Anyone that is at least reasonably connected probably know that former NBA player Dennis Rodman took an ill-advised and controversial (imagine that- Rodman and controversial in the same sentence) trip to North Korea. North Korea is easily the most isolated nation in the entire world. By a lot. To see images of North Korea and South Korea, the difference between each nation is night and day. Satellite imagery from space show the nation to be pitch black at night while cities in nations all around it shine as bright as stars. To say that the leadership of North Korea for the last 50 years is beyond completely insane is an understatement. The leadership of NK since it's founding after the split between North Korea and South Korea in 1945 has consisted of Kim Il-sung, Kim Jong-il and now Kim Jong-un, or for those who love ancestry... grandfather, father and son. The former 2 ruled with absolute power with a nation of citizens believing them to be gods, and I'm sure that for the current leader, Kim Jong-un, it is the same deal.
What's ironic is that if you really know the life and times of Dennis Rodman then when you heard he went to NK and yucked it up with Kim Jong-un then you probably weren't all that surprised. Of all the truly odd things Rodman has done through the years, this would qualify as standard fare for him. I watched Rodman go from hard-nosed, clean-cut Pistons player to pierced/tatted up hair bleached out Dennis Rodman who once dressed in drag and tried to marry himself. He joined my beloved Chicago Bulls for 3 seasons, and as many championships, so I had a front row seat to the Dennis Rodman Circus. His off-court life has vastly overshadowed his genius on the court, and that's the problem; everyone seems to remember him more for his antics rather than his playing. Sure, we all remember he was a Defensive Player of the Year a couple times and that he's arguably one of the best rebounders in NBA history, but in retrospect more people seem to remember his multi-colored hair jobs, kicking a photographer in the junk, a 6'8" male in a wedding dress in a carriage, and a belly button ring. And it's largely due to those memories that, to put it mildly, Rodman's perception of the world isn't exactly on the the level. Quotes attributed to him from an interview with ABC's George Stephanopoulos about NK leader Kim Jong-un are further evidence to this fact.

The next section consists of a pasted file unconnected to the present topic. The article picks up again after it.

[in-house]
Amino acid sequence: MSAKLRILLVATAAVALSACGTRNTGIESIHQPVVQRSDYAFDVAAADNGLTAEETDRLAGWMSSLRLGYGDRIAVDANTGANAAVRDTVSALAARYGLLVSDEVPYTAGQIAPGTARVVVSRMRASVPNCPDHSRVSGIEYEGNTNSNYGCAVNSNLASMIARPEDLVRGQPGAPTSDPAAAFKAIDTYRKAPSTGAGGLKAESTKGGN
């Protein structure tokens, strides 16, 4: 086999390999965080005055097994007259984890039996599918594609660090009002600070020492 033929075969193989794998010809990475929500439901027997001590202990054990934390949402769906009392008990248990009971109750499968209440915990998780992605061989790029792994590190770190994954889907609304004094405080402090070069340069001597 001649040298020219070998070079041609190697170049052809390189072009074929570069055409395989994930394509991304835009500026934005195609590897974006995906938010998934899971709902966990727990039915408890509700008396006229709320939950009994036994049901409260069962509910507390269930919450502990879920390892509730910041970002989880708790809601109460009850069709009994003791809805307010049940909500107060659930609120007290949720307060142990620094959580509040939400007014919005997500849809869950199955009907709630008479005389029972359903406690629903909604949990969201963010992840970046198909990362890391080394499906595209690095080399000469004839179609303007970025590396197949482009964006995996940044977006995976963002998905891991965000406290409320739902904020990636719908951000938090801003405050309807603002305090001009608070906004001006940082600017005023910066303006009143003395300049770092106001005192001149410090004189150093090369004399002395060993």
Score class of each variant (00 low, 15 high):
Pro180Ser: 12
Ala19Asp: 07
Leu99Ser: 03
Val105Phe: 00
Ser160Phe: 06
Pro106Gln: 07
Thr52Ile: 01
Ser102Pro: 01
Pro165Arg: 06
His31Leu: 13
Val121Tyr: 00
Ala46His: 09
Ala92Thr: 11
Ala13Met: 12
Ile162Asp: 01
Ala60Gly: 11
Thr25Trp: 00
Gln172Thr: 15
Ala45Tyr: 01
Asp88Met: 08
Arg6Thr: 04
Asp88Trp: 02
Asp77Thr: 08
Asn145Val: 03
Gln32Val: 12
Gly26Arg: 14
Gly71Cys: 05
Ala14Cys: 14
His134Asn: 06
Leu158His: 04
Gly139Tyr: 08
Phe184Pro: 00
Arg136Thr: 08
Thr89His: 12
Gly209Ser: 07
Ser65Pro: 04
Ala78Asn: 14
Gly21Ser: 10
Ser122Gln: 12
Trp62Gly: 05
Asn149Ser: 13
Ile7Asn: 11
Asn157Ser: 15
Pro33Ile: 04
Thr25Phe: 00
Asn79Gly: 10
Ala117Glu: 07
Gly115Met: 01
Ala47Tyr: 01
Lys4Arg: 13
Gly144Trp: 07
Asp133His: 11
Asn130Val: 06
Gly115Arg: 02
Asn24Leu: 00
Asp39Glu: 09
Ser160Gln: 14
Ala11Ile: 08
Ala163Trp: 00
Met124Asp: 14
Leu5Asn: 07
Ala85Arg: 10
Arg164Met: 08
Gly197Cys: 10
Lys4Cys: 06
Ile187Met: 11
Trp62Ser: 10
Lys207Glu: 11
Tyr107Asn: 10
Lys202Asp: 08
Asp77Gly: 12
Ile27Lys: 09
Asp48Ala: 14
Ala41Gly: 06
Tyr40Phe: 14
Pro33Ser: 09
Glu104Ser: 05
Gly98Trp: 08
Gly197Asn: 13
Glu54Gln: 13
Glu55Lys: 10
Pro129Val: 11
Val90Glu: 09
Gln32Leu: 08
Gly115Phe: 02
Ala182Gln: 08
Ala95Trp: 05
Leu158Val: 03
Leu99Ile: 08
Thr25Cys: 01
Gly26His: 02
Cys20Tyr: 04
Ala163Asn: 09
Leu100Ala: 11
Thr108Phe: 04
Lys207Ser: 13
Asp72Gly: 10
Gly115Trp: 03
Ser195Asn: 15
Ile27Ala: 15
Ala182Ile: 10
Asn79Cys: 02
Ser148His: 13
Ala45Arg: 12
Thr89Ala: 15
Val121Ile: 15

Take for instance this little exchange;
DR: Kim's a great guy. If you sit down and talk to him... perception is perceiving how things work...
GS: A great guy who puts 200,000 people in prison camps?
DR: Well... you know, guess what? We do the same thing here.
GS: We have prison camps here in the United States?
DR: We don't have prison camps, guess what? This is all politics, right? This is all politics, right? Anyone think... Kim don't want to do that. He don't want to do that. But you know what, dude? It's more like... I'm not, like, a diplomat. I don't want to do that.
I mean, like, uh, you know, right?
Or how about this one;
GS: When you said you love Kim and you think he's awesome were you aware of his threats to destroy the United States and his regime's horrendous record on human rights?
DR: I didn't look at all that right there. I understand what he's doing. I don't condone that. I hate the fact that he's doing that, but the fact of it is, that's a human being, though. He let his guard down. He did one thing to me... been a friend. I didn't talk about that. I understand that. I understand that. But...